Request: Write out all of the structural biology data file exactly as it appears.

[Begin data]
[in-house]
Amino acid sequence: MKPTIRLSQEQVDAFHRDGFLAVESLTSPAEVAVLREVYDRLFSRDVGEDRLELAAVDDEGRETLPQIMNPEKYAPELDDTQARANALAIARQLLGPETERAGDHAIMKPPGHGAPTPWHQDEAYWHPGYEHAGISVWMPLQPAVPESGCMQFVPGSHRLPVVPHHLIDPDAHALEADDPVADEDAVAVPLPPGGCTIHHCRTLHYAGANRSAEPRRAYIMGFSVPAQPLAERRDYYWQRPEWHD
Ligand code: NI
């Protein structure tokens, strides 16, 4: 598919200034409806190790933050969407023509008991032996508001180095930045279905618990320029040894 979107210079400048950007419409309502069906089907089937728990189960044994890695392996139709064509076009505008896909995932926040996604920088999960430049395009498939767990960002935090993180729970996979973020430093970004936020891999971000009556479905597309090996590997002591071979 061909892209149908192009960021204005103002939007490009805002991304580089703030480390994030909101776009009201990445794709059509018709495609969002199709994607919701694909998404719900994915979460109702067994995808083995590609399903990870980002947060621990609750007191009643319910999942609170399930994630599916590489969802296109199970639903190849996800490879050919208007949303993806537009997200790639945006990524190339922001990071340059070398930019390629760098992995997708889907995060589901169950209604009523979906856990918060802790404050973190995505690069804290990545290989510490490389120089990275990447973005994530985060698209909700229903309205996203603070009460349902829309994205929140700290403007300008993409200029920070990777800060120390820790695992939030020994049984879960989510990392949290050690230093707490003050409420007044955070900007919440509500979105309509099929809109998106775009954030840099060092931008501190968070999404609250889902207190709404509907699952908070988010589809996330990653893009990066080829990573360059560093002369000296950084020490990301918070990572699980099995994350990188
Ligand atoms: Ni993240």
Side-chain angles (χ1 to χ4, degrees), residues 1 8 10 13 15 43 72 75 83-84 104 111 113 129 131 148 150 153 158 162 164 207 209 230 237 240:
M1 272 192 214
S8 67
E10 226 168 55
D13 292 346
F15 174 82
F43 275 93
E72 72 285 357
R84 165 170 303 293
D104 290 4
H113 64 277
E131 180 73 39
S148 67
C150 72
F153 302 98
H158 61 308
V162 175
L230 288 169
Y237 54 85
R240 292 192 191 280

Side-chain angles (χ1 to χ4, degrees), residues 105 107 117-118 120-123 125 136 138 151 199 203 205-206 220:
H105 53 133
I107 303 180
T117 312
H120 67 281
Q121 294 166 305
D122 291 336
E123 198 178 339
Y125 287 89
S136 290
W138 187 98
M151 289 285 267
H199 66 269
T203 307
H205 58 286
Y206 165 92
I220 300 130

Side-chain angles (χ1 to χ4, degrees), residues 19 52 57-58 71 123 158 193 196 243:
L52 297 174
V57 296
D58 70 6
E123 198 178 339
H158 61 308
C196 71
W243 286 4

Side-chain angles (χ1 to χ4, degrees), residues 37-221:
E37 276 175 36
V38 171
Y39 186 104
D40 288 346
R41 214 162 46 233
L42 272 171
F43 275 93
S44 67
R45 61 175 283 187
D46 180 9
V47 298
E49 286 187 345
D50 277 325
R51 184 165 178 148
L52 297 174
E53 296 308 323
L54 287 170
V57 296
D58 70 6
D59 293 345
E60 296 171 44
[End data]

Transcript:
[in-house]
Amino acid sequence: MKPTIRLSQEQVDAFHRDGFLAVESLTSPAEVAVLREVYDRLFSRDVGEDRLELAAVDDEGRETLPQIMNPEKYAPELDDTQARANALAIARQLLGPETERAGDHAIMKPPGHGAPTPWHQDEAYWHPGYEHAGISVWMPLQPAVPESGCMQFVPGSHRLPVVPHHLIDPDAHALEADDPVADEDAVAVPLPPGGCTIHHCRTLHYAGANRSAEPRRAYIMGFSVPAQPLAERRDYYWQRPEWHD
Ligand code: NI
């Protein structure tokens, strides 16, 4: 598919200034409806190790933050969407023509008991032996508001180095930045279905618990320029040894 979107210079400048950007419409309502069906089907089937728990189960044994890695392996139709064509076009505008896909995932926040996604920088999960430049395009498939767990960002935090993180729970996979973020430093970004936020891999971000009556479905597309090996590997002591071979 061909892209149908192009960021204005103002939007490009805002991304580089703030480390994030909101776009009201990445794709059509018709495609969002199709994607919701694909998404719900994915979460109702067994995808083995590609399903990870980002947060621990609750007191009643319910999942609170399930994630599916590489969802296109199970639903190849996800490879050919208007949303993806537009997200790639945006990524190339922001990071340059070398930019390629760098992995997708889907995060589901169950209604009523979906856990918060802790404050973190995505690069804290990545290989510490490389120089990275990447973005994530985060698209909700229903309205996203603070009460349902829309994205929140700290403007300008993409200029920070990777800060120390820790695992939030020994049984879960989510990392949290050690230093707490003050409420007044955070900007919440509500979105309509099929809109998106775009954030840099060092931008501190968070999404609250889902207190709404509907699952908070988010589809996330990653893009990066080829990573360059560093002369000296950084020490990301918070990572699980099995994350990188
Ligand atoms: Ni993240």
Side-chain angles (χ1 to χ4, degrees), residues 1 8 10 13 15 43 72 75 83-84 104 111 113 129 131 148 150 153 158 162 164 207 209 230 237 240:
M1 272 192 214
S8 67
E10 226 168 55
D13 292 346
F15 174 82
F43 275 93
E72 72 285 357
R84 165 170 303 293
D104 290 4
H113 64 277
E131 180 73 39
S148 67
C150 72
F153 302 98
H158 61 308
V162 175
L230 288 169
Y237 54 85
R240 292 192 191 280

Side-chain angles (χ1 to χ4, degrees), residues 105 107 117-118 120-123 125 136 138 151 199 203 205-206 220:
H105 53 133
I107 303 180
T117 312
H120 67 281
Q121 294 166 305
D122 291 336
E123 198 178 339
Y125 287 89
S136 290
W138 187 98
M151 289 285 267
H199 66 269
T203 307
H205 58 286
Y206 165 92
I220 300 130

Side-chain angles (χ1 to χ4, degrees), residues 19 52 57-58 71 123 158 193 196 243:
L52 297 174
V57 296
D58 70 6
E123 198 178 339
H158 61 308
C196 71
W243 286 4

Side-chain angles (χ1 to χ4, degrees), residues 37-221:
E37 276 175 36
V38 171
Y39 186 104
D40 288 346
R41 214 162 46 233
L42 272 171
F43 275 93
S44 67
R45 61 175 283 187
D46 180 9
V47 298
E49 286 187 345
D50 277 325
R51 184 165 178 148
L52 297 174
E53 296 308 323
L54 287 170
V57 296
D58 70 6
D59 293 345
E60 296 171 44